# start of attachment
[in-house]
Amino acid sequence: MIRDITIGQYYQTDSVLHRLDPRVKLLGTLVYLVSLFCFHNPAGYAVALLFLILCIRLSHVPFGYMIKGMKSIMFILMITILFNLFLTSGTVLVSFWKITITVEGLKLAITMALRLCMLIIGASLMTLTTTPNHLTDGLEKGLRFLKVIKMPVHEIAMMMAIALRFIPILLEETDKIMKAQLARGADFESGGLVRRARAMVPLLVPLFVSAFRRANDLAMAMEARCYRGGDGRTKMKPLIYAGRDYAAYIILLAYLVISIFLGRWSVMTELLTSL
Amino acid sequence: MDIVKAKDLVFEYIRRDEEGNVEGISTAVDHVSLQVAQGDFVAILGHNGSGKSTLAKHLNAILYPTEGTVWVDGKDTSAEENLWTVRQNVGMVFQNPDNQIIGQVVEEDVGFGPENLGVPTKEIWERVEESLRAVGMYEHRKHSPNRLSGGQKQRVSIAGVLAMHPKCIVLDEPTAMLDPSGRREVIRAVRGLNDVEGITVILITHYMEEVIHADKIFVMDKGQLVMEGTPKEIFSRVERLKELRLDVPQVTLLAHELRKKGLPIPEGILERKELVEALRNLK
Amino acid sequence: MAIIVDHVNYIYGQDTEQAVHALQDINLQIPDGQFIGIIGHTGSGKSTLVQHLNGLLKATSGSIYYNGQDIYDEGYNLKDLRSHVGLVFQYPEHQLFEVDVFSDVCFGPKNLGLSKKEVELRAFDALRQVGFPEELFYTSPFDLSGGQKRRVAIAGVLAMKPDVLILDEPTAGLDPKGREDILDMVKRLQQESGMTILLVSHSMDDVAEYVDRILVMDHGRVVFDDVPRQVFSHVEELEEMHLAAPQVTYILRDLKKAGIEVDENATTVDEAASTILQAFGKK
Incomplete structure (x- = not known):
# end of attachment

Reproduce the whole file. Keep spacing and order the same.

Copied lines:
[in-house]
Amino acid sequence: MIRDITIGQYYQTDSVLHRLDPRVKLLGTLVYLVSLFCFHNPAGYAVALLFLILCIRLSHVPFGYMIKGMKSIMFILMITILFNLFLTSGTVLVSFWKITITVEGLKLAITMALRLCMLIIGASLMTLTTTPNHLTDGLEKGLRFLKVIKMPVHEIAMMMAIALRFIPILLEETDKIMKAQLARGADFESGGLVRRARAMVPLLVPLFVSAFRRANDLAMAMEARCYRGGDGRTKMKPLIYAGRDYAAYIILLAYLVISIFLGRWSVMTELLTSL
Amino acid sequence: MDIVKAKDLVFEYIRRDEEGNVEGISTAVDHVSLQVAQGDFVAILGHNGSGKSTLAKHLNAILYPTEGTVWVDGKDTSAEENLWTVRQNVGMVFQNPDNQIIGQVVEEDVGFGPENLGVPTKEIWERVEESLRAVGMYEHRKHSPNRLSGGQKQRVSIAGVLAMHPKCIVLDEPTAMLDPSGRREVIRAVRGLNDVEGITVILITHYMEEVIHADKIFVMDKGQLVMEGTPKEIFSRVERLKELRLDVPQVTLLAHELRKKGLPIPEGILERKELVEALRNLK
Amino acid sequence: MAIIVDHVNYIYGQDTEQAVHALQDINLQIPDGQFIGIIGHTGSGKSTLVQHLNGLLKATSGSIYYNGQDIYDEGYNLKDLRSHVGLVFQYPEHQLFEVDVFSDVCFGPKNLGLSKKEVELRAFDALRQVGFPEELFYTSPFDLSGGQKRRVAIAGVLAMKPDVLILDEPTAGLDPKGREDILDMVKRLQQESGMTILLVSHSMDDVAEYVDRILVMDHGRVVFDDVPRQVFSHVEELEEMHLAAPQVTYILRDLKKAGIEVDENATTVDEAASTILQAFGKK
Incomplete structure (x- = not known):